New “Itch” Gene Prompts Better Eczema Treatment
Scientists have discovered a new itch-promoting gene. Researchers at the Buck Institute for Research on Aging and the University of California, Berkeley published a paper last week (June 11, 2015) in the online edition of Neuron, identifying serotonin receptor HTR7 as a key mediator of eczema and other forms of itch. This discovery is suggesting a way forward for powerful new therapies for eczema.
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The study included analysis of the molecular basis of itch sensation, as well as touch and pain. It looked at how and why these reactions differ between individuals.
Team members, including associate professor and neuroscientist Diana Bautista at UC-Berkeley, believe that the finding will help lead the way to powerful new therapies for itching conditions. In addition to eczema, altered serotonin signaling in the skin has been found in those people suffering with allergic itch and psoriasis since these conditions are also linked to altered serotonin signaling in skin nerves.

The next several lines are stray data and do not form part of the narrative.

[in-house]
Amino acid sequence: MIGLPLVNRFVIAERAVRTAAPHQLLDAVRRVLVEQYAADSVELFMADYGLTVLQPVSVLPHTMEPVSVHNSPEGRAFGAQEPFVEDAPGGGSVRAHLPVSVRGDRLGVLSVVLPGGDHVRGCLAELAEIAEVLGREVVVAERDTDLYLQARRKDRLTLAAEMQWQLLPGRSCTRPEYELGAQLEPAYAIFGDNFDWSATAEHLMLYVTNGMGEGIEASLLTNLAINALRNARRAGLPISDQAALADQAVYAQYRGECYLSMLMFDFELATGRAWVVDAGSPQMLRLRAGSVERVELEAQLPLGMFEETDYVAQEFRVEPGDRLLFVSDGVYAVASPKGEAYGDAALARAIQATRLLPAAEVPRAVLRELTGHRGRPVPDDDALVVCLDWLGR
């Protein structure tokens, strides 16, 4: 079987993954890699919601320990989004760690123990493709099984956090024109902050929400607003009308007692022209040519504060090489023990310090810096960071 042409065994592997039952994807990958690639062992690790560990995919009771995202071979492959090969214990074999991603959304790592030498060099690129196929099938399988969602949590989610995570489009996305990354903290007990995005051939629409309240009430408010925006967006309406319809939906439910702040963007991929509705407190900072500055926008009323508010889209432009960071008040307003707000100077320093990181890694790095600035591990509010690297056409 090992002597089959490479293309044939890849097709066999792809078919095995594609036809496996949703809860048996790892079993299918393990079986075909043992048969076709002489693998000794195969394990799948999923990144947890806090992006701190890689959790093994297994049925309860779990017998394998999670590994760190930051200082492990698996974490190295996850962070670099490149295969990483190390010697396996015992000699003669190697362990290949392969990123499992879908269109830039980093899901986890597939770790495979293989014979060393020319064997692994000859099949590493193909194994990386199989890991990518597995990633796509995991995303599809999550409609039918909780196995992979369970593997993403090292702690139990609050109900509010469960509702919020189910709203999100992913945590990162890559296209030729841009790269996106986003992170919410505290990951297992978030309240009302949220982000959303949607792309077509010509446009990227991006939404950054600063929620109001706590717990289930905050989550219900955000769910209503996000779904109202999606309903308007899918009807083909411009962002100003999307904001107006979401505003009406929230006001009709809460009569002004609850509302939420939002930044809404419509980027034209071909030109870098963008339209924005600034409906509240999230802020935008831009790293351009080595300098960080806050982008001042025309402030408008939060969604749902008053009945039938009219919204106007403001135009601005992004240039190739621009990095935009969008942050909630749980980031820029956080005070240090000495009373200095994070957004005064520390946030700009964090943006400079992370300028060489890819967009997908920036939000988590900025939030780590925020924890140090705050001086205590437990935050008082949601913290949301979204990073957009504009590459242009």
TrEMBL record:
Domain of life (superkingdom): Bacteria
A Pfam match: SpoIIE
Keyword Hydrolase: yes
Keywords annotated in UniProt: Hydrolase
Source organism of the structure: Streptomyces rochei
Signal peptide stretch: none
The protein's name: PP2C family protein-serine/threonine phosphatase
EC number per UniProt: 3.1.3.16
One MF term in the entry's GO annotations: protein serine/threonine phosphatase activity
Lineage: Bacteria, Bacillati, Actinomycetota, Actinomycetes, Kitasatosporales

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The study included mice that were specially bred to develop eczema that lacked the HTR7 gene. These mice had fewer and less severe skin lesions and scratched less than mice that did have the HTR7 gene. Reducing expression of HTR7 in mice given sertraline caused them to cease scratching. This suggests that a new drug can be targeted based on the functions of the HTR7 gene.
Did you know that itching and scratching can be side effects of taking antidepressants? These can elevate levels of serotonin in the skin. The HTR7 findings may also help reduce side effects of antidepressants.
The new findings hold a lot of promise for treatment not only for eczema but also for all forms of itch disorders. We will be watching further developments in research and treatment that are sure to follow the study.